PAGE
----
The true story of high-wire artist Philippe Petit, who walked on a wire
strung between the Twin Towers of the World Trade Center in 1974.
The Walk (2015)
Directed by Robert Zemeckis
Written by Robert Zemeckis and Christopher Brown
Starring Joseph Gordon-Levitt, Charlotta Le Bon, Clément Sibony, Ben Kingsley, César Domboy, James Badge Dale, Steve Valentine
Based on the book To Reach the Clouds by Philippe Petit
The story of Philippe Petit's famous wire walk isn't really one that needed to be made into a movie. It's not particularly inspirational, nor does it contain any sort of moral lesson. Truth is, Petit walked between the Twin Towers because he wanted to do something amazing. The Walk tells the story of Petit's unwavering need to achieve greatness and the meticulous planning that went into doing something that made him an international name and could've very easily gotten him killed.
Joseph Gordon-Levitt delivers an entertaining performance, sporting a very fake but not exactly offensive French accent to play Petit. Throughout the film, we don't know anything about Petit, apart from the fact that his passion is wirewalking. Maybe that was the only thing he cared about, but I feel like Zemeckis didn't take the chance to explore why Petit was so desperate to be renowned. The supporting cast is the same way, with nobody being particularly memorable or even that interesting. The entire movie is a buildup to Petit's famous walk, which is done very well and rounds out the film quite nicely.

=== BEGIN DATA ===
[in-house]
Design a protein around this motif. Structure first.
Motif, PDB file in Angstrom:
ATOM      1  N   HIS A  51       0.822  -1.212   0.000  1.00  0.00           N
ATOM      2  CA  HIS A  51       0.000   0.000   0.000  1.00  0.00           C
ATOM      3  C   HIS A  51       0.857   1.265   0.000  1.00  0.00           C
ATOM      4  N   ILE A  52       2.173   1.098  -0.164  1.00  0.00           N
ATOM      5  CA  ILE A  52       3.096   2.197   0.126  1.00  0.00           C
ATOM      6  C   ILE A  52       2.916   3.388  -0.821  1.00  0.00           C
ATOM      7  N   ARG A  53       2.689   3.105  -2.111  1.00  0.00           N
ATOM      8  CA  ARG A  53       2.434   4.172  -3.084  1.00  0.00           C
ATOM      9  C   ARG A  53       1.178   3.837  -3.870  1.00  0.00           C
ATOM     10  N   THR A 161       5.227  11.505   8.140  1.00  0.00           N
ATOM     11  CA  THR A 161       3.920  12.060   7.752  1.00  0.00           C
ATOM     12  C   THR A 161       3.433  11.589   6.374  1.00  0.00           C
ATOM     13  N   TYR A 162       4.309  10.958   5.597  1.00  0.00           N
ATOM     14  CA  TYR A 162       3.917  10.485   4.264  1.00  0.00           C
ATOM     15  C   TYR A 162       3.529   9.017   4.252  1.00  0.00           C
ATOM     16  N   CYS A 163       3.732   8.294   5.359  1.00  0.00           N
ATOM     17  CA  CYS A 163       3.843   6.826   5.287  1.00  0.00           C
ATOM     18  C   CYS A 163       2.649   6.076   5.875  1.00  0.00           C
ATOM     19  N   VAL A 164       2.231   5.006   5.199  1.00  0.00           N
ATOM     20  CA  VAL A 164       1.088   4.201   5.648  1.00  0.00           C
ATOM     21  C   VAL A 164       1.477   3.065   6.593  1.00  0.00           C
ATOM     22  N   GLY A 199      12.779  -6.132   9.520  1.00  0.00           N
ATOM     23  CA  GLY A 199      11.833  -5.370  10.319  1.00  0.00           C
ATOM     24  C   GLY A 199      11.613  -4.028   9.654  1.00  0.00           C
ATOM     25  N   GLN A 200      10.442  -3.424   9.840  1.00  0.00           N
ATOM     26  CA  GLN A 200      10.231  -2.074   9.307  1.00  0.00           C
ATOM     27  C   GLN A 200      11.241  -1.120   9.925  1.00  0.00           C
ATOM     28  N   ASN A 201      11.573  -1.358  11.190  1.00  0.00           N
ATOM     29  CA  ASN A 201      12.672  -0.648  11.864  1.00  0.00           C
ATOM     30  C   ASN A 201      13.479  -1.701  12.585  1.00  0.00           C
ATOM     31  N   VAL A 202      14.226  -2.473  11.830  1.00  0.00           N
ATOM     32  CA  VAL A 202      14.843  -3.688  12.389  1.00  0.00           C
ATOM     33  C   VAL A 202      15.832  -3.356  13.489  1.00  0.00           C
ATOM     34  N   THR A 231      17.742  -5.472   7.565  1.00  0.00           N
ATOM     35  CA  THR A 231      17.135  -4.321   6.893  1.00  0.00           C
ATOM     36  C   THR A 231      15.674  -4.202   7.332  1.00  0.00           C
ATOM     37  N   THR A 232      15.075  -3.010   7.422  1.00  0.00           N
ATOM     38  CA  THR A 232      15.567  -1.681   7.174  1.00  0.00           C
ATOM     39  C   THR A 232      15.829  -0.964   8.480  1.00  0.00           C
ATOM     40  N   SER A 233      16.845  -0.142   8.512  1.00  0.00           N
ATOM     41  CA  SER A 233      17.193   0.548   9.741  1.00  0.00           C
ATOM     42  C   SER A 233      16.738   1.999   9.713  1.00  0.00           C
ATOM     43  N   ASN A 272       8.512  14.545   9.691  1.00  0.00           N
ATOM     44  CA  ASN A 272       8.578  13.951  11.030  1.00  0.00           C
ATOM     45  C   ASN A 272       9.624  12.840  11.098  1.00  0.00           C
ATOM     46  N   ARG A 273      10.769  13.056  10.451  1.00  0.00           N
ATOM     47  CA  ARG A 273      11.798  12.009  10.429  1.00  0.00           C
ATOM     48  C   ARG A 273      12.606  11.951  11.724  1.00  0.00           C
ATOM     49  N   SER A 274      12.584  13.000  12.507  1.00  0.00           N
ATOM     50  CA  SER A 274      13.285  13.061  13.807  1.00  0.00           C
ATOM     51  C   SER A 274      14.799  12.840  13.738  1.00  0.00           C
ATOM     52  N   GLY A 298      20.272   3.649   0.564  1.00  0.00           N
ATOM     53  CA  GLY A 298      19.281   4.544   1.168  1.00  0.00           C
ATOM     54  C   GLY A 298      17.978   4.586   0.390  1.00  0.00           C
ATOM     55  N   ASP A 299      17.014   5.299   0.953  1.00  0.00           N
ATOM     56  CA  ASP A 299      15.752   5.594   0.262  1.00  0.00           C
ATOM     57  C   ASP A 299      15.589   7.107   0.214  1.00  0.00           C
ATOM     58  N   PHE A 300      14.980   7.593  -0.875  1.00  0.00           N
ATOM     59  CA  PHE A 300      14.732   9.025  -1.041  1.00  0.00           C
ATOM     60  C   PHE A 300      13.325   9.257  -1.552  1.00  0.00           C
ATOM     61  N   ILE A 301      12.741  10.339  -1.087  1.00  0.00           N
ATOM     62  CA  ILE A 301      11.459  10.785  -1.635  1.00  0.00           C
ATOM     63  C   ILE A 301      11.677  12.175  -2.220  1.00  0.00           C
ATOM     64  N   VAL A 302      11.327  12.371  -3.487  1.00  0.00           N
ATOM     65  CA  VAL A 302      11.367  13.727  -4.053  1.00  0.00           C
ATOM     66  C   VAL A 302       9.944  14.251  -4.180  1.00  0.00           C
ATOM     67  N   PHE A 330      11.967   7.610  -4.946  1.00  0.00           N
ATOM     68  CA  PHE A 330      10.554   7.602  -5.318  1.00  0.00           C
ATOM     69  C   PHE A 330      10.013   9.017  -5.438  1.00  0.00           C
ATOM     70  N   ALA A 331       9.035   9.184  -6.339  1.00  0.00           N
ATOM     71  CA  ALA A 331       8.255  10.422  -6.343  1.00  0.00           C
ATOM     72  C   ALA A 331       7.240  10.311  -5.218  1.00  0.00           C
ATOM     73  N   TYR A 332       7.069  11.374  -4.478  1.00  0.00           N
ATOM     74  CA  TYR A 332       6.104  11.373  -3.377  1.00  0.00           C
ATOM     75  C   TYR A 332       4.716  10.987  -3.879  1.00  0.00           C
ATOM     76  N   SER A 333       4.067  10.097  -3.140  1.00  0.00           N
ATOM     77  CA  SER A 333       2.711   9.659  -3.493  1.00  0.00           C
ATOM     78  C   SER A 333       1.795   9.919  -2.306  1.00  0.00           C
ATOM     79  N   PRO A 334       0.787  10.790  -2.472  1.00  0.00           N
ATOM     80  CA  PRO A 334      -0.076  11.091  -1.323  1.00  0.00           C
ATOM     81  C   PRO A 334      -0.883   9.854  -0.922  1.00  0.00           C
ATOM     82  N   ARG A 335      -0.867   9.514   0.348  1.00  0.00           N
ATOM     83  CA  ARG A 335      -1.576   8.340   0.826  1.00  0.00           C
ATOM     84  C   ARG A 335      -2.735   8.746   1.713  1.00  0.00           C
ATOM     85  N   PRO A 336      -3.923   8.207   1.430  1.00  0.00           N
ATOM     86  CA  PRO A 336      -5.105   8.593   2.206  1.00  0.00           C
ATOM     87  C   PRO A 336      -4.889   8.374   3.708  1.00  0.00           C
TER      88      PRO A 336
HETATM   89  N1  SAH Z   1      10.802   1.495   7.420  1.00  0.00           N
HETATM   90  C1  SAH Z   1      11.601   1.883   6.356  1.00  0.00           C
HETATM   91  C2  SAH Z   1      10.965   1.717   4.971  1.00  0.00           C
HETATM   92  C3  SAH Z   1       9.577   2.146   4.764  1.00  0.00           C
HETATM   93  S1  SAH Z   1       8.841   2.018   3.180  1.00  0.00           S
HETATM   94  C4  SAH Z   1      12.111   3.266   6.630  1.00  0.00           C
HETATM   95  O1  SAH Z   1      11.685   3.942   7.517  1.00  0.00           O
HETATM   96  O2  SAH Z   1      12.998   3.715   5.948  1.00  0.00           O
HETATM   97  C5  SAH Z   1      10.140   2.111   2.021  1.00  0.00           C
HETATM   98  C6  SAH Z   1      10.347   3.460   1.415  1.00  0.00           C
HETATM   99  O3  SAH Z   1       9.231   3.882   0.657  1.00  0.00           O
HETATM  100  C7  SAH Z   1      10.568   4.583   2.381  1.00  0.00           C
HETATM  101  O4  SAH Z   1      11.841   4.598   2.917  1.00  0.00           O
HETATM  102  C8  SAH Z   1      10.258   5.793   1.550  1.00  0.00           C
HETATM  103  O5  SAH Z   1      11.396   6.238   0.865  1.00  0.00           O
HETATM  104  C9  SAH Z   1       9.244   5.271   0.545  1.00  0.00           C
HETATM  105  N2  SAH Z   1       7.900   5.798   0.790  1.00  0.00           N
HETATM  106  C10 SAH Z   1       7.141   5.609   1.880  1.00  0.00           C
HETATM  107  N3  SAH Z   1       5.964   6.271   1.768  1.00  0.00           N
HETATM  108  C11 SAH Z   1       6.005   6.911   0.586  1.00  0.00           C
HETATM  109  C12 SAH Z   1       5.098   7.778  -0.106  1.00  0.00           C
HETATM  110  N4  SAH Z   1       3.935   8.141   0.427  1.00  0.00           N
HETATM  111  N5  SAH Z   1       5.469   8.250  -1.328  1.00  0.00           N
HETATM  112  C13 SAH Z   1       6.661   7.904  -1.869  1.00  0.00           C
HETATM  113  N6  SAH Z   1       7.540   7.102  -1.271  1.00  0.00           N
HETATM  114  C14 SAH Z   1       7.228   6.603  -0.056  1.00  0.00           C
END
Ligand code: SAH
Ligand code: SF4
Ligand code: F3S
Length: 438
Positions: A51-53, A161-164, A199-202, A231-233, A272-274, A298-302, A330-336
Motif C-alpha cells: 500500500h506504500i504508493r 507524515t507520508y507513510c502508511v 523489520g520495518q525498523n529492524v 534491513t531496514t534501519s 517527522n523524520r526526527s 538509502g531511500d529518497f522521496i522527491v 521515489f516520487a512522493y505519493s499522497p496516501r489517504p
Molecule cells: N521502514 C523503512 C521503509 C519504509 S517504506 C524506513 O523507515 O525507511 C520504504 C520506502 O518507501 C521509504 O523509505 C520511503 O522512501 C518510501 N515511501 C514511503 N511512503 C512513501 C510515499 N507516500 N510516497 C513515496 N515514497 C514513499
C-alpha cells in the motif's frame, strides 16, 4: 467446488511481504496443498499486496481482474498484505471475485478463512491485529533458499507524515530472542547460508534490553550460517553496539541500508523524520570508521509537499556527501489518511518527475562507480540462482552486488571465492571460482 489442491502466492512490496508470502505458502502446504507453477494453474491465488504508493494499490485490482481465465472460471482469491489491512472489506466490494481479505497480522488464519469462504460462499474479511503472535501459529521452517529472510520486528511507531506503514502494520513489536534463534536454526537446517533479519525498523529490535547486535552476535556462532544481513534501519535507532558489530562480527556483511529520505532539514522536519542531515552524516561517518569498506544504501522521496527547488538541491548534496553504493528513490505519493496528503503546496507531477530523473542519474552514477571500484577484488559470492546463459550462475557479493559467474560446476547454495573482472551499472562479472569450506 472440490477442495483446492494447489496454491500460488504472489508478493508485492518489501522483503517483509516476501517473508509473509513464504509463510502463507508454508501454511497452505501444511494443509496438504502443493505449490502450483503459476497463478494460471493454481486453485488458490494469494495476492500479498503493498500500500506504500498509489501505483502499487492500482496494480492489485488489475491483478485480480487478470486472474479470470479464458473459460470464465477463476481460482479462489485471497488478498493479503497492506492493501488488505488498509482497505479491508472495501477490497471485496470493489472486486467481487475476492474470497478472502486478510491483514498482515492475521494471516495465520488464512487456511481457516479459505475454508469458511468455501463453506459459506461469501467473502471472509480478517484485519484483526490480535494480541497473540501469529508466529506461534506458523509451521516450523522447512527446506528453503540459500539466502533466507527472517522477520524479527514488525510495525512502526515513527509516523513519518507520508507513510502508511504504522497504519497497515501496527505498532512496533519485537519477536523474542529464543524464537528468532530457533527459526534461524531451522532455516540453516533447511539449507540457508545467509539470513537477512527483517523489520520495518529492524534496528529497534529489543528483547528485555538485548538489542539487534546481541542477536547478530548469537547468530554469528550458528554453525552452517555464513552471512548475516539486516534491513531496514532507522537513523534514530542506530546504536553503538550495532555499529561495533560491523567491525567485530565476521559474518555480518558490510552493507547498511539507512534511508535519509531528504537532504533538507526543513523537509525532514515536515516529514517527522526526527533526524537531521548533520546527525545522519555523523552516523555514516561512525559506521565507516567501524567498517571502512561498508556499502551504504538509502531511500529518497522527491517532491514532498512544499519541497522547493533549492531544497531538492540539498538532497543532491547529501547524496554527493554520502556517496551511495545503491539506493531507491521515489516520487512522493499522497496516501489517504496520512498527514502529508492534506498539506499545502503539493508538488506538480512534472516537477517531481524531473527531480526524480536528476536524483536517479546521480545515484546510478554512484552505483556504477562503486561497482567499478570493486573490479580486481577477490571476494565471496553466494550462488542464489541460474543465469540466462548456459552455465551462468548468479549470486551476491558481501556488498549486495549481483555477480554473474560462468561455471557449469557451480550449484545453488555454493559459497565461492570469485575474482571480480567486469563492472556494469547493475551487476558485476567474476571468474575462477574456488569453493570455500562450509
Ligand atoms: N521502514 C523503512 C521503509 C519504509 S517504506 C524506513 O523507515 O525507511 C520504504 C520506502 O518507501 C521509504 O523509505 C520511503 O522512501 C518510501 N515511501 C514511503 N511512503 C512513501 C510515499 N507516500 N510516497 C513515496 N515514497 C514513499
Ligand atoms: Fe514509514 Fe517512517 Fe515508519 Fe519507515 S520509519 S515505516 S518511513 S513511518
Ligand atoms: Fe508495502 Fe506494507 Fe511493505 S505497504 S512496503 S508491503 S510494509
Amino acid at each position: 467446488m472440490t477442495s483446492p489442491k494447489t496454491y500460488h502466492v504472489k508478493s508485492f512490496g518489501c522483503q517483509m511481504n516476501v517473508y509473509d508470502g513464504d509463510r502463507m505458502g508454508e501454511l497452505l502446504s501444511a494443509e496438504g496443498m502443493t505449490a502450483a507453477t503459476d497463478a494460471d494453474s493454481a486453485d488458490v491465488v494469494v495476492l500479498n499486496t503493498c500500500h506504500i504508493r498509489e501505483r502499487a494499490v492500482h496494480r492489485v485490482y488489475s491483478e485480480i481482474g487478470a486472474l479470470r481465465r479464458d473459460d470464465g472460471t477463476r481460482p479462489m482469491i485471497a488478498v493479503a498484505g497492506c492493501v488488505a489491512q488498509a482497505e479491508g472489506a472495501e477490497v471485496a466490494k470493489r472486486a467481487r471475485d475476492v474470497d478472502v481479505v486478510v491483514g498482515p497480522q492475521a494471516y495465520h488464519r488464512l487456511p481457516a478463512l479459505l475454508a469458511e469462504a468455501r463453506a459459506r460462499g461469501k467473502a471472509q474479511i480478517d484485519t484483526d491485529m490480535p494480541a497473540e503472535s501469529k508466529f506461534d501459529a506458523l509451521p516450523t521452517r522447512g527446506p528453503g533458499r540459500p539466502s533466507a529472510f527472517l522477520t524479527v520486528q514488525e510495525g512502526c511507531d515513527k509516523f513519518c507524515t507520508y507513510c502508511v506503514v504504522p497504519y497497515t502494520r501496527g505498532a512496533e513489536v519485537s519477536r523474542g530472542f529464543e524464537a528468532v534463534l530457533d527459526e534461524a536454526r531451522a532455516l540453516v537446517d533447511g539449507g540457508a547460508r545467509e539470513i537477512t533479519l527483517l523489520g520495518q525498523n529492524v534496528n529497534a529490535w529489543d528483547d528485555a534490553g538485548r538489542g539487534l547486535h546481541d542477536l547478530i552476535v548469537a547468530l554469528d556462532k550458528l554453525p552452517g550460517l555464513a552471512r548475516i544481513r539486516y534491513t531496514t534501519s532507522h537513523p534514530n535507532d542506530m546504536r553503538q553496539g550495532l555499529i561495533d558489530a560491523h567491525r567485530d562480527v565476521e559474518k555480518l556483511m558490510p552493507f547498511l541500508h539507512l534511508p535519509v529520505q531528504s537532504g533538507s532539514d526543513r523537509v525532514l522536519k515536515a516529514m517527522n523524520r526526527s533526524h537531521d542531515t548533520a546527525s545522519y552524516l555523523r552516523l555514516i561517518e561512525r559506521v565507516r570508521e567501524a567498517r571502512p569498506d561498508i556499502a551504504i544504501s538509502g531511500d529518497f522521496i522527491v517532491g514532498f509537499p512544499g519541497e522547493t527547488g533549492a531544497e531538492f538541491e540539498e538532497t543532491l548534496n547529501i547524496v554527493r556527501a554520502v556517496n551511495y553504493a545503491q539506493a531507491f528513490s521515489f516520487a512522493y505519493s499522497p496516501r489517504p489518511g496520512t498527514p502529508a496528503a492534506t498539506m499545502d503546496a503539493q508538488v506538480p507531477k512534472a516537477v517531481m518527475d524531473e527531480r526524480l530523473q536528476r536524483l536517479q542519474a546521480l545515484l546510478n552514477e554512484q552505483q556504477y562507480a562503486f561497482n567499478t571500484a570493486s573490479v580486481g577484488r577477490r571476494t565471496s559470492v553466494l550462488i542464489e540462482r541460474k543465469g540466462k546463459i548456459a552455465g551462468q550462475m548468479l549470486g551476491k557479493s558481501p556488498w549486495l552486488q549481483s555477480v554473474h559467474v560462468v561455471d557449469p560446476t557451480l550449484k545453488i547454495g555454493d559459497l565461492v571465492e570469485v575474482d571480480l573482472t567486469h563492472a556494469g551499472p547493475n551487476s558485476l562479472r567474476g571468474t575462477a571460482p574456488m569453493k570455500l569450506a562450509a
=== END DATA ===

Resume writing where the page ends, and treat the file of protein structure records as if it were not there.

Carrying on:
I didn't think I would enjoy this film. Hell, I didn't really want to enjoy this film. It's about a guy who wanted to do something crazy at great cost to himself and his friends. Thanks to Robert Zemeckis's skillful directing and Joseph Gordon-Levitt's fun, invested performance, The Walk ended up being a good film and a great motivational tool. Next time you think you can't do something, just remember that Philippe Petit walked between the Twin Towers. With that in mind, almost anything else seems like a cakewalk.